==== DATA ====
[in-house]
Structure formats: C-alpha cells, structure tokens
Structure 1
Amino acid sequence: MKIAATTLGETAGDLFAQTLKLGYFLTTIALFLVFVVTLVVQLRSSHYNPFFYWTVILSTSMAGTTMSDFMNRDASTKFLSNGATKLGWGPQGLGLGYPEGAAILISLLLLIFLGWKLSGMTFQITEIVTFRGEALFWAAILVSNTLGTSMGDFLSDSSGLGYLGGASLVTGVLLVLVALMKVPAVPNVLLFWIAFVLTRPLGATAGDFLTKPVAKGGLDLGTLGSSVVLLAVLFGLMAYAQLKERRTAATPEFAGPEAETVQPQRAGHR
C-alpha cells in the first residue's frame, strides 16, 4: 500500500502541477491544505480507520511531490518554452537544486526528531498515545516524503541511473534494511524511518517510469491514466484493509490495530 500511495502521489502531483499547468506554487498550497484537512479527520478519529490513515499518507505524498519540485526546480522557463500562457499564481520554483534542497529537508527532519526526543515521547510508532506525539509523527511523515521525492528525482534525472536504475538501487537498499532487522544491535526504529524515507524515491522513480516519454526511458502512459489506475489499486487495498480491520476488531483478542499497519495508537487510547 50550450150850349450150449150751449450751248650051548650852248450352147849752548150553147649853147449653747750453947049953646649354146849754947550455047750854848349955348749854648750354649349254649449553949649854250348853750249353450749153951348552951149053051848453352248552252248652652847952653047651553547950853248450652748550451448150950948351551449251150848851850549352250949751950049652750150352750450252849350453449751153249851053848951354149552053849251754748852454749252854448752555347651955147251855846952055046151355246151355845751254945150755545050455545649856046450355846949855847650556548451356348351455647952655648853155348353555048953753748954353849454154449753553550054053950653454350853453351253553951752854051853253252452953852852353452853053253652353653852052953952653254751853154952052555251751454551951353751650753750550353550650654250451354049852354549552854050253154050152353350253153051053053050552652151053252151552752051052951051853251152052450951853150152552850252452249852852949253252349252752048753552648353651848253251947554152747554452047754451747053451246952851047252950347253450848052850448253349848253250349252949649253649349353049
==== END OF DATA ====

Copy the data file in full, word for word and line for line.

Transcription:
[in-house]
Structure formats: C-alpha cells, structure tokens
Structure 1
Amino acid sequence: MKIAATTLGETAGDLFAQTLKLGYFLTTIALFLVFVVTLVVQLRSSHYNPFFYWTVILSTSMAGTTMSDFMNRDASTKFLSNGATKLGWGPQGLGLGYPEGAAILISLLLLIFLGWKLSGMTFQITEIVTFRGEALFWAAILVSNTLGTSMGDFLSDSSGLGYLGGASLVTGVLLVLVALMKVPAVPNVLLFWIAFVLTRPLGATAGDFLTKPVAKGGLDLGTLGSSVVLLAVLFGLMAYAQLKERRTAATPEFAGPEAETVQPQRAGHR
C-alpha cells in the first residue's frame, strides 16, 4: 500500500502541477491544505480507520511531490518554452537544486526528531498515545516524503541511473534494511524511518517510469491514466484493509490495530 500511495502521489502531483499547468506554487498550497484537512479527520478519529490513515499518507505524498519540485526546480522557463500562457499564481520554483534542497529537508527532519526526543515521547510508532506525539509523527511523515521525492528525482534525472536504475538501487537498499532487522544491535526504529524515507524515491522513480516519454526511458502512459489506475489499486487495498480491520476488531483478542499497519495508537487510547 50550450150850349450150449150751449450751248650051548650852248450352147849752548150553147649853147449653747750453947049953646649354146849754947550455047750854848349955348749854648750354649349254649449553949649854250348853750249353450749153951348552951149053051848453352248552252248652652847952653047651553547950853248450652748550451448150950948351551449251150848851850549352250949751950049652750150352750450252849350453449751153249851053848951354149552053849251754748852454749252854448752555347651955147251855846952055046151355246151355845751254945150755545050455545649856046450355846949855847650556548451356348351455647952655648853155348353555048953753748954353849454154449753553550054053950653454350853453351253553951752854051853253252452953852852353452853053253652353653852052953952653254751853154952052555251751454551951353751650753750550353550650654250451354049852354549552854050253154050152353350253153051053053050552652151053252151552752051052951051853251152052450951853150152552850252452249852852949253252349252752048753552648353651848253251947554152747554452047754451747053451246952851047252950347253450848052850448253349848253250349252949649253649349353049